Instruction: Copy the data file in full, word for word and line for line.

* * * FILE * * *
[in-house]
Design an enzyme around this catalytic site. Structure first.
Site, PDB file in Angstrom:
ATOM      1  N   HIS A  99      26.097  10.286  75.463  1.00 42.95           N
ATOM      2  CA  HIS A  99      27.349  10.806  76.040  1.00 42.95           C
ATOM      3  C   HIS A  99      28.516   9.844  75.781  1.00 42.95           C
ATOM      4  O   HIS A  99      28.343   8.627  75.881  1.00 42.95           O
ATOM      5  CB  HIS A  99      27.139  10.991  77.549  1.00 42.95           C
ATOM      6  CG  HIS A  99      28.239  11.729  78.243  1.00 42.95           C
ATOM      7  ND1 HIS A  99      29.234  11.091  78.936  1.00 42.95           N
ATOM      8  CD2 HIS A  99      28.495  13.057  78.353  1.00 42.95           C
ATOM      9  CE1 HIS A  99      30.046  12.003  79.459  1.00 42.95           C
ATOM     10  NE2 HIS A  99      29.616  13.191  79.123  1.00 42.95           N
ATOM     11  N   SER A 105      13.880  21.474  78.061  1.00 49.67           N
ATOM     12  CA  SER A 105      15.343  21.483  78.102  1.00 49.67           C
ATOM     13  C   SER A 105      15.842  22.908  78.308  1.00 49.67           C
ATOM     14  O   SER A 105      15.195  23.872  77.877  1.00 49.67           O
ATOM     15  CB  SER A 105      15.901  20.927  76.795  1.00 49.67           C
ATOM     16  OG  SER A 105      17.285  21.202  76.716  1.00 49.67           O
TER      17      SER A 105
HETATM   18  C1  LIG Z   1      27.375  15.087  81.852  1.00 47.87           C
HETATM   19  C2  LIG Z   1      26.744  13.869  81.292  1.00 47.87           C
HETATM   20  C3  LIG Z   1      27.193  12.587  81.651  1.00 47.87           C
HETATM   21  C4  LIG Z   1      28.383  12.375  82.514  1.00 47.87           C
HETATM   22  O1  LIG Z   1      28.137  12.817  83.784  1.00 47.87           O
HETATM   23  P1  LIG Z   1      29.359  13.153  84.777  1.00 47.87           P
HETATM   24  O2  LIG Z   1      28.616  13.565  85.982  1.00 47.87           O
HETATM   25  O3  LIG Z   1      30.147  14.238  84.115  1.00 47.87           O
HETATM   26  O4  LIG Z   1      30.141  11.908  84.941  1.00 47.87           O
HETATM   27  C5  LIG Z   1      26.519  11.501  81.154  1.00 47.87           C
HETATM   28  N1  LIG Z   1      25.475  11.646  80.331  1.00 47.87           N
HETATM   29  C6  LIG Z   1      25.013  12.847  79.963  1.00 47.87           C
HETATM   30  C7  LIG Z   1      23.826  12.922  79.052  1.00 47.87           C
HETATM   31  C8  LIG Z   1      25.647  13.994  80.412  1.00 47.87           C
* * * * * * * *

[in-house]
Design an enzyme around this catalytic site. Structure first.
Site, PDB file in Angstrom:
ATOM      1  N   HIS A  99      26.097  10.286  75.463  1.00 42.95           N
ATOM      2  CA  HIS A  99      27.349  10.806  76.040  1.00 42.95           C
ATOM      3  C   HIS A  99      28.516   9.844  75.781  1.00 42.95           C
ATOM      4  O   HIS A  99      28.343   8.627  75.881  1.00 42.95           O
ATOM      5  CB  HIS A  99      27.139  10.991  77.549  1.00 42.95           C
ATOM      6  CG  HIS A  99      28.239  11.729  78.243  1.00 42.95           C
ATOM      7  ND1 HIS A  99      29.234  11.091  78.936  1.00 42.95           N
ATOM      8  CD2 HIS A  99      28.495  13.057  78.353  1.00 42.95           C
ATOM      9  CE1 HIS A  99      30.046  12.003  79.459  1.00 42.95           C
ATOM     10  NE2 HIS A  99      29.616  13.191  79.123  1.00 42.95           N
ATOM     11  N   SER A 105      13.880  21.474  78.061  1.00 49.67           N
ATOM     12  CA  SER A 105      15.343  21.483  78.102  1.00 49.67           C
ATOM     13  C   SER A 105      15.842  22.908  78.308  1.00 49.67           C
ATOM     14  O   SER A 105      15.195  23.872  77.877  1.00 49.67           O
ATOM     15  CB  SER A 105      15.901  20.927  76.795  1.00 49.67           C
ATOM     16  OG  SER A 105      17.285  21.202  76.716  1.00 49.67           O
TER      17      SER A 105
HETATM   18  C1  LIG Z   1      27.375  15.087  81.852  1.00 47.87           C
HETATM   19  C2  LIG Z   1      26.744  13.869  81.292  1.00 47.87           C
HETATM   20  C3  LIG Z   1      27.193  12.587  81.651  1.00 47.87           C
HETATM   21  C4  LIG Z   1      28.383  12.375  82.514  1.00 47.87           C
HETATM   22  O1  LIG Z   1      28.137  12.817  83.784  1.00 47.87           O
HETATM   23  P1  LIG Z   1      29.359  13.153  84.777  1.00 47.87           P
HETATM   24  O2  LIG Z   1      28.616  13.565  85.982  1.00 47.87           O
HETATM   25  O3  LIG Z   1      30.147  14.238  84.115  1.00 47.87           O
HETATM   26  O4  LIG Z   1      30.141  11.908  84.941  1.00 47.87           O
HETATM   27  C5  LIG Z   1      26.519  11.501  81.154  1.00 47.87           C
HETATM   28  N1  LIG Z   1      25.475  11.646  80.331  1.00 47.87           N
HETATM   29  C6  LIG Z   1      25.013  12.847  79.963  1.00 47.87           C
HETATM   30  C7  LIG Z   1      23.826  12.922  79.052  1.00 47.87           C
HETATM   31  C8  LIG Z   1      25.647  13.994  80.412  1.00 47.87           C